Why Microsoft, Google, and AMD’s stocks are getting hit after big quarters

When you are a stock priced for greatness but only deliver a super good earnings report…sometimes investors will get in a huff.

Such is the case with the initial crop of earnings from tech behemoths Microsoft (MSFT), Advanced Micro Devices (AMD), and Alphabet (GOOG, GOOGL). The three stocks (with a combined market cap of $5.2 trillion) were instrumental in powering the broader market to records over the past year, but are getting dinged after reporting earnings late Tuesday.

The moves are “signaling some overextension of the recent strong rally,” said Deutsche Bank strategist Jim Reid in a client note seen by Yahoo Finance.

At first glance, the negative moves in the stock prices would seem counterintuitive to the average investor who have ridden these tech giants to massive paper gains.

But here is the deal, as President Biden would put it.

That average investor probably read the earnings releases of these bellwether companies last night. I’ll say a good percentage of them listened to the earnings calls (which you should be doing!).

By 7:00pm last night, with a full page of notes, many investors still can’t figure out why these stocks are being swept into downdrafts.

All three companies showed impressive growth numbers (especially AMD, with data center sales up 38% year over year and a 75% hike to 2024 AI chip sales estimates), hyped the AI train again (a surefire ticket for stock gains last year), and didn’t sound serious alarm bells on the economy.

So what gives?

The reality is that none of these quarters were perfect, versus investor expectations of perfection. And believe me, investors have priced in perfection to these stocks: according to Yahoo Finance data, these three stocks trade on an average forward P/E multiple of 35 times. The S&P 500 trades at 22 times, for perspective.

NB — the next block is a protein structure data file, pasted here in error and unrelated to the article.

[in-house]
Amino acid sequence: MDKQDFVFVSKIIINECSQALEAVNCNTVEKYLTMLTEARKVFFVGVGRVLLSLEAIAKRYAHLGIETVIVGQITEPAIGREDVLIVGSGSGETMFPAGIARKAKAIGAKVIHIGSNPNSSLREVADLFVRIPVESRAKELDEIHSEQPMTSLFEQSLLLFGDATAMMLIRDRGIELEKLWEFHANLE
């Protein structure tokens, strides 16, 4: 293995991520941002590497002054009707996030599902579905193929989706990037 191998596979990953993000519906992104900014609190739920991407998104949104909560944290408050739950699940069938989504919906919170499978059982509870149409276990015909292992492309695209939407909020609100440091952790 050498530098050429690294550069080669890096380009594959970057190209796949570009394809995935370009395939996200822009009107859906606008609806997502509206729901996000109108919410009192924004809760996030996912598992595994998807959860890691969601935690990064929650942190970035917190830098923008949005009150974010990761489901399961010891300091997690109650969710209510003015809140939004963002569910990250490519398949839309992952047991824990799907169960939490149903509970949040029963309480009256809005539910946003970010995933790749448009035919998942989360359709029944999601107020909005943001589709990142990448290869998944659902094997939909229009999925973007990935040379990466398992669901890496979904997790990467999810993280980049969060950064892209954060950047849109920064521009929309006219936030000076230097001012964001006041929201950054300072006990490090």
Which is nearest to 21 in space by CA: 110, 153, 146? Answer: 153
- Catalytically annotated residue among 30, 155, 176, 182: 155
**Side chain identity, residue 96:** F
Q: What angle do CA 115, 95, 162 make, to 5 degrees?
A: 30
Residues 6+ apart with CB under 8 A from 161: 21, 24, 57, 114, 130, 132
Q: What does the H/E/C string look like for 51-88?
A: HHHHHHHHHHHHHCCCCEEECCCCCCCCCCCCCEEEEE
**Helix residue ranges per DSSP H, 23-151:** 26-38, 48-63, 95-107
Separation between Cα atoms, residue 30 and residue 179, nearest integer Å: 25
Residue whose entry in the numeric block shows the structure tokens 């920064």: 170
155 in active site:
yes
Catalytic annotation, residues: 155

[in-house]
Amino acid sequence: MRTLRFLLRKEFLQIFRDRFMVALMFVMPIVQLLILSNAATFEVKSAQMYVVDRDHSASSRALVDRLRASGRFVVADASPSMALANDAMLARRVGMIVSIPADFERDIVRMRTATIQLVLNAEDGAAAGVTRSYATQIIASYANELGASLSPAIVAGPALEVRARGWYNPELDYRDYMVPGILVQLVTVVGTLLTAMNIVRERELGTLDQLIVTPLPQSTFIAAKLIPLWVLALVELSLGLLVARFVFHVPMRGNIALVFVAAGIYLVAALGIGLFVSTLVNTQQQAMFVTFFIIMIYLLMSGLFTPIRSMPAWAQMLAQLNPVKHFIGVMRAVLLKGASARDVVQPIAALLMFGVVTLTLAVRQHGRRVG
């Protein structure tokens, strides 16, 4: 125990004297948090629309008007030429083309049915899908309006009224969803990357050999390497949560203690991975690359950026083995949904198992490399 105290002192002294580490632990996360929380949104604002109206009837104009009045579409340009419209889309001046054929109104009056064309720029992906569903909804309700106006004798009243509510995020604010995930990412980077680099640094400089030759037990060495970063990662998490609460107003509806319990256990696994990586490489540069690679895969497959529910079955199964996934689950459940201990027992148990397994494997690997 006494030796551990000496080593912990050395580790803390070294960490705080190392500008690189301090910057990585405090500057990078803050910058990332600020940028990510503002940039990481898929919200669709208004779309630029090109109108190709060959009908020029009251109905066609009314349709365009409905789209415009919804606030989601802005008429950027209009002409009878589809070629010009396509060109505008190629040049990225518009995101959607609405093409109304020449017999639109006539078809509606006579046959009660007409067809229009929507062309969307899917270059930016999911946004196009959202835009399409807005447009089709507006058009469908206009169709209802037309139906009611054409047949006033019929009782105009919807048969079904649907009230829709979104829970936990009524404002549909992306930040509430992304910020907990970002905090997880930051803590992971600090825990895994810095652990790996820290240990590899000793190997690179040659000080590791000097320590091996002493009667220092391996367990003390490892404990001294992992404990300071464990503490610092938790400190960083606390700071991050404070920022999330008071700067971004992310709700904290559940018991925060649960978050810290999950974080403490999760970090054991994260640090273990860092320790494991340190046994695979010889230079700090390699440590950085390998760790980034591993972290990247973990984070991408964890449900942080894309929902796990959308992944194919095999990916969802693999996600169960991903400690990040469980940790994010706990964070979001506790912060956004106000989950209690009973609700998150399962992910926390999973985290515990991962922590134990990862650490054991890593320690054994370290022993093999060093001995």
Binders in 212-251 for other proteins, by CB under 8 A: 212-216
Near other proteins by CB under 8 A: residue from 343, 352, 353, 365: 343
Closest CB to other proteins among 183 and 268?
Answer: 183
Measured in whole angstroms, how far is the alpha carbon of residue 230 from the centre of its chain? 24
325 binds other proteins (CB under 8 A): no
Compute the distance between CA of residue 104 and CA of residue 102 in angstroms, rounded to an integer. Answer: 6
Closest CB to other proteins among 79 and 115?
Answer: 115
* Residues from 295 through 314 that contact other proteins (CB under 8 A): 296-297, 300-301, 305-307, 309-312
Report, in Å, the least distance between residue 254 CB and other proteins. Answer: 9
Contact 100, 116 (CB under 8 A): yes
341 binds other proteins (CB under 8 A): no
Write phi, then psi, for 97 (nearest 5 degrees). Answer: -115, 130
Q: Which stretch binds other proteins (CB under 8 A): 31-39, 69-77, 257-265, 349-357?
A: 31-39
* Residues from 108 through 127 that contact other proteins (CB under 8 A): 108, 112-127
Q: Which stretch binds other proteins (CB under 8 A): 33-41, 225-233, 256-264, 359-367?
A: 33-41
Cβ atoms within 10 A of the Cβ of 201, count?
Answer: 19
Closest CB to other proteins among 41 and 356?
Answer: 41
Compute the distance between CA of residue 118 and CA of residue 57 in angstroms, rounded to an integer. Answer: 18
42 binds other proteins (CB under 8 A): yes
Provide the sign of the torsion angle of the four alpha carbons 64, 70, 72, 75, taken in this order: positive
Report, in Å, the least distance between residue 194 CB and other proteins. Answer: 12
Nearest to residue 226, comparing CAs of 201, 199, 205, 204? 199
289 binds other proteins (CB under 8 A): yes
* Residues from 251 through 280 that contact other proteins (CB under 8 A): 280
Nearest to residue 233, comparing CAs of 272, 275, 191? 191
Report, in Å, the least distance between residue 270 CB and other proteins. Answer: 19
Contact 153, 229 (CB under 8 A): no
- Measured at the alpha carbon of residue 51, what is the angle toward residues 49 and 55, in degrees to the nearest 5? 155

The vibe coming off these earnings, according to sources, is that growth is good because of the expansion of new AI tools and other businesses, but not mind-blowingly good.

Microsoft’s results unearthed some caution on the economy, pros say.

“While Microsoft’s F2Q24 top-line results for the two most important businesses (Azure and Office 365 Commercial) were in line to a little better than consensus expectations (and guidance), they were a bit below what our Plausible scenario anticipated, indicating slightly moderating business momentum,” Guggenheim analyst John DiFucci wrote in a note to clients.

FILE PHOTO: The Google logo is seen on the Google house at CES 2024, an annual consumer electronics trade show, in Las Vegas, Nevada, U.S. January 10, 2024. REUTERS/Steve Marcus/File Photo (Reuters / Reuters)

Google missed estimates for its ad revenue (from Search and Youtube), and its cloud business didn’t light it up versus larger rival in Microsoft’s Azure.

Jefferies analyst Brent Thill noted on Alphabet: “Strong ad demand drove accelerating, double-digit growth in Search and YouTube, though shy of some investor bogeys. Cloud growth re-accelerated, but remains below Azure.”

As for AMD, its gaming chip sales fell 17% from the year prior, and guidance didn’t wow the investing masses.

“This knee-jerk reaction [to tech results] is noise, the AI revolution has started,” Wedbush analyst Dan Ives told me via email.

Perhaps.

But all in, Apple (AAPL), Meta (META), Nvidia (NVDA), and other members of the Magnificent 7 will have to do better than Microsoft, AMD, and Alphabet to impress investors demanding excellence paired with a side of perfection.

If they don’t, 2024 may go down as the year of the Unmagnificent 7.

Brian Sozzi is Yahoo Finance’s Executive Editor. Follow Sozzi on Twitter/X @BrianSozzi and on LinkedIn. Tips on deals, mergers, activist situations, or anything else? Email [email protected].

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